Democrats are rightly furious that Senate Republicans stole a Supreme Court nominee from President Obama. With almost a year left in Obama’s administration, senators like Mitch McConnell made bogus, disingenuous arguments about how the American people deserve to select the next Supreme Court justice. Never mind that the president’s term lasts four years, and Justice Scalia’s death in February—February!—fell squarely within that time frame. When it seemed like that fake argument wasn’t working, Republicans made the false claim that no Supreme Court justice had ever been appointed in the last year of a president’s term, as though that’s some sacrosanct neutral zone of nominations. (In fact, it’s happened several times.) Finally, Republicans just stopped giving any reasons—even bogus, made-up ones—and just refused to say anything or do anything about Judge Merrick Garland’s nomination.
What little semblance of intellectual honesty Republicans’ claims had (which was approximately zero) began to unravel last month when it looked like Hillary Clinton was going to win the presidential election. Senators Ted Cruz and John McCain suggested they could stall confirming a new justice for the entirety of a putative Hillary presidency, laying bare the paper-thin and utterly fantastical claim that any of this was about lofty ideals of including the American people in the decision. It was bare politics; they didn’t want a Democratic appointee, pure and simple, and Republicans were preparing for full tantrum mode.
Now that Trump is the president-elect, we’re hearing arguments on the Left that are just as disingenuous. I’ve been seeing the following going around: Obama can give the Senate a 30-day ultimatum, and he’ll construe the Senate’s failure to act on Garland’s nomination as a “waiver” of their advice and consent duties, then appoint Garland himself.
As nice as that might be, it lacks support in the Constitution.
Article II, section 2 of the Constitution provides: “[The president] shall have power, by and with the advice and consent of the Senate, to make treaties, provided two thirds of the Senators present concur; and he shall nominate, and by and with the advice and consent of the Senate, shall appoint … judges of the Supreme Court …”
The Appointment Power thus consists of two parts: first, the president nominates a judge of the Supreme Court. Once he nominates a judge, he appoints that person, but only by and with the advice and consent of the Senate. In other words, a precondition to a judge’s appointment to the Supreme Court is the advice and consent of the Senate. Absent from that description of the mechanics of Supreme Court appointments is any mention of a 30-day period (or any time period; 30 days seems to be arbitrary) or any provision by which the president can bypass the Senate’s advice and consent. And it’s not for lack of the Founders’ imaginations. One paragraph later, we’re told, “The President shall have power to fill up all vacancies that may happen during the recess of the Senate, by granting commissions which shall expire at the end of their next session.” Clearly, the Founders knew how to build some kind of waiver into the system. The fact that they didn’t create the type of waiver the current proponents imagine most likely means the Founders didn’t want there to be one.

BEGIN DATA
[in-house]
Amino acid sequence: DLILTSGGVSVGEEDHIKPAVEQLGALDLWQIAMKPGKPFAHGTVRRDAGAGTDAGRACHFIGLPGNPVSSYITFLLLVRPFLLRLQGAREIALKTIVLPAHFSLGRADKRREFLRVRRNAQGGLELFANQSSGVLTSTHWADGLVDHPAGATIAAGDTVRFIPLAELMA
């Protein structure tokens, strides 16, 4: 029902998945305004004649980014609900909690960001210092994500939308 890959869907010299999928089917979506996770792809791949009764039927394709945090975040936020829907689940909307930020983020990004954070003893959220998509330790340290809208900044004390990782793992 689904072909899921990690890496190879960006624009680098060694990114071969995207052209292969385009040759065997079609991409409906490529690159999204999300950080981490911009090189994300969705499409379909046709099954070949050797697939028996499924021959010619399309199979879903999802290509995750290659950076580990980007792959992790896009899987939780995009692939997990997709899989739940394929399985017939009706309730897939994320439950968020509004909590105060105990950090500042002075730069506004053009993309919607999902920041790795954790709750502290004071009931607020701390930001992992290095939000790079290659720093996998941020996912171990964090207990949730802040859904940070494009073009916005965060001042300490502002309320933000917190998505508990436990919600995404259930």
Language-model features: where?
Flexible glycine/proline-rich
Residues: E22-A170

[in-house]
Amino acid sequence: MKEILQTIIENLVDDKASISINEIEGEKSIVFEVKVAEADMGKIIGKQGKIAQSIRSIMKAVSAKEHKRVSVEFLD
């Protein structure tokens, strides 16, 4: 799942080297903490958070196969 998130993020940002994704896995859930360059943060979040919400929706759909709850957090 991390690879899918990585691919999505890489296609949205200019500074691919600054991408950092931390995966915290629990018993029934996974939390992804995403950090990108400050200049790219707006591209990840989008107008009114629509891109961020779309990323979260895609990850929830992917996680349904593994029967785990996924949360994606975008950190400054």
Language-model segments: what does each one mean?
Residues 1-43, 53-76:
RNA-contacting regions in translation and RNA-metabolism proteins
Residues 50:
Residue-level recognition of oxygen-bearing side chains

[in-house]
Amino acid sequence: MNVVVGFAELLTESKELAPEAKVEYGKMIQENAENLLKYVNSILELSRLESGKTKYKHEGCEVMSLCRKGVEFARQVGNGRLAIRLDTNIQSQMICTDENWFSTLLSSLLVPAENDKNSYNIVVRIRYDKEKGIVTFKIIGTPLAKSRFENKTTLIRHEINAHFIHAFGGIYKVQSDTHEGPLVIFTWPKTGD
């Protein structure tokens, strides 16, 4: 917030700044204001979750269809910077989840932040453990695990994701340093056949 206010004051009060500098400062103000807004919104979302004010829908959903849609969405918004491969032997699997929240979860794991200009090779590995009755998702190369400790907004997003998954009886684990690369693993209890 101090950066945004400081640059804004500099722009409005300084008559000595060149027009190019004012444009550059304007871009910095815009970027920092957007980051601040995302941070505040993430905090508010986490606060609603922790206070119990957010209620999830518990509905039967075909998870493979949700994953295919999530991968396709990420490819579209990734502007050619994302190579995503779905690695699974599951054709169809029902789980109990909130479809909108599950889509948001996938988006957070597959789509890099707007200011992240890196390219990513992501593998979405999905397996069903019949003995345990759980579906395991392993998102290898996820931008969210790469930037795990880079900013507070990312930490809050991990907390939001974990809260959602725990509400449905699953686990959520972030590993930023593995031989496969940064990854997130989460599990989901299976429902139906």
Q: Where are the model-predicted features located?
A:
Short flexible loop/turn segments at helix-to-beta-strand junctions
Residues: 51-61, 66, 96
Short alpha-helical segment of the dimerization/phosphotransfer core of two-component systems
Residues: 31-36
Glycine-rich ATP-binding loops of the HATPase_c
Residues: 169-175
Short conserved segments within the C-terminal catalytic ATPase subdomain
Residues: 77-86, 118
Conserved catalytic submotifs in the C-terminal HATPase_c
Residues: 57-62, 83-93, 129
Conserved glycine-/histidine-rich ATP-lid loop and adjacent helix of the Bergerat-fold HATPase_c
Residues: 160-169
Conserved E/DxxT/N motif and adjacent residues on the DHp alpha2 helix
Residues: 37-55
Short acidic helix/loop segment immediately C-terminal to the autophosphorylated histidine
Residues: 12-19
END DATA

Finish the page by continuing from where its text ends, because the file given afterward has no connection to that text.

Sometimes, I’ve seen citations to a case called United States v. Olano (1993) 507 U.S. 725 as proof that the Senate can “waive” its advice and consent authority. Olano, however, has nothing to do with the Appointment Power. That case involves the difference between waiver and forfeiture of a right in the context of a criminal trial. For one thing, we’re not in a criminal trial. For another, it’s not clear that the Senate’s advice and consent power is a right. Nor is it clear that the power is a duty, given that the advice and consent aren’t required. The Senate’s advice and consent appears only to be a prerequisite for a Supreme Court justice’s appointment, and it appears to be binary. Either the justice has it, or she doesn’t.
The Washington Post op-ed, linked above, is authored by a former clerk to Justice Thurgood Marshall, so someone who should know what he’s talking about. The op-ed seems to be an attempt to create some kind of functioning government in this time when government isn’t functioning at all. Unfortunately, government gridlock is something the Founders expected, but thought would be naturally resolved through the political process. Writing about nominations to executive departments in Federalist No. 76, Alexander Hamilton suggests that public scolding would be a sufficient check during the nomination process: “The censure of rejecting a good [nominee] would lie entirely at the door of the Senate; aggravated by the consideration of their having counteracted the good intentions of the Executive. If an ill appointment should be made, the Executive for nominating, and the Senate for approving, would participate, though in different degrees, in the opprobrium and disgrace.” Hamilton implies that voters (or in the case of senators in the early years of the country, state legislatures) would hold either the president or the Senate accountable for their decisions. As a practical matter, however, voters today seem less and less likely to hold their representatives to account. Unfortunately, there’s no good way to address that within the framework of the existing Constitution.
In the new, Trumpian world, the Left can’t succumb to the same intellectual dishonesty and ideological sloppiness we’ve seen from the Right. Peddling half-cocked schemes to get our way, like the idea that the president can “waive” the Senate’s advice and consent, is beneath us. Furthermore, don’t forget that any authority you grant to one president you necessarily grant to future presidents. Just imagine if Trump could utilize this “waiver” scheme to get his own nominees through the Senate.